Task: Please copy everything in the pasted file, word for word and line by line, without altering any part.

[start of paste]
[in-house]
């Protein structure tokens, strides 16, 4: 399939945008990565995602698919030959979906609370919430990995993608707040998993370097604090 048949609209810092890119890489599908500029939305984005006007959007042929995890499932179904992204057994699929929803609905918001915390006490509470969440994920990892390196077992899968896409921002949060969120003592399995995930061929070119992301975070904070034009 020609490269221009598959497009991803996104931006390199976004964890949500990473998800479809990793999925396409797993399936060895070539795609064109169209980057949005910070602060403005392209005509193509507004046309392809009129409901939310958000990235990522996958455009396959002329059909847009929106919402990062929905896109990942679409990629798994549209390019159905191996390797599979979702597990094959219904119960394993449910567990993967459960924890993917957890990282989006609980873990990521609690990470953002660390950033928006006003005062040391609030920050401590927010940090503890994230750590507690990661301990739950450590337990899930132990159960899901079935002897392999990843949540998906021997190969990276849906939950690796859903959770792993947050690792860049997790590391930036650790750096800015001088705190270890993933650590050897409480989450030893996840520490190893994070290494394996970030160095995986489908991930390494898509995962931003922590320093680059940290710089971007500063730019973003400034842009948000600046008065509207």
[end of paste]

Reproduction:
[in-house]
């Protein structure tokens, strides 16, 4: 399939945008990565995602698919030959979906609370919430990995993608707040998993370097604090 048949609209810092890119890489599908500029939305984005006007959007042929995890499932179904992204057994699929929803609905918001915390006490509470969440994920990892390196077992899968896409921002949060969120003592399995995930061929070119992301975070904070034009 020609490269221009598959497009991803996104931006390199976004964890949500990473998800479809990793999925396409797993399936060895070539795609064109169209980057949005910070602060403005392209005509193509507004046309392809009129409901939310958000990235990522996958455009396959002329059909847009929106919402990062929905896109990942679409990629798994549209390019159905191996390797599979979702597990094959219904119960394993449910567990993967459960924890993917957890990282989006609980873990990521609690990470953002660390950033928006006003005062040391609030920050401590927010940090503890994230750590507690990661301990739950450590337990899930132990159960899901079935002897392999990843949540998906021997190969990276849906939950690796859903959770792993947050690792860049997790590391930036650790750096800015001088705190270890993933650590050897409480989450030893996840520490190893994070290494394996970030160095995986489908991930390494898509995962931003922590320093680059940290710089971007500063730019973003400034842009948000600046008065509207």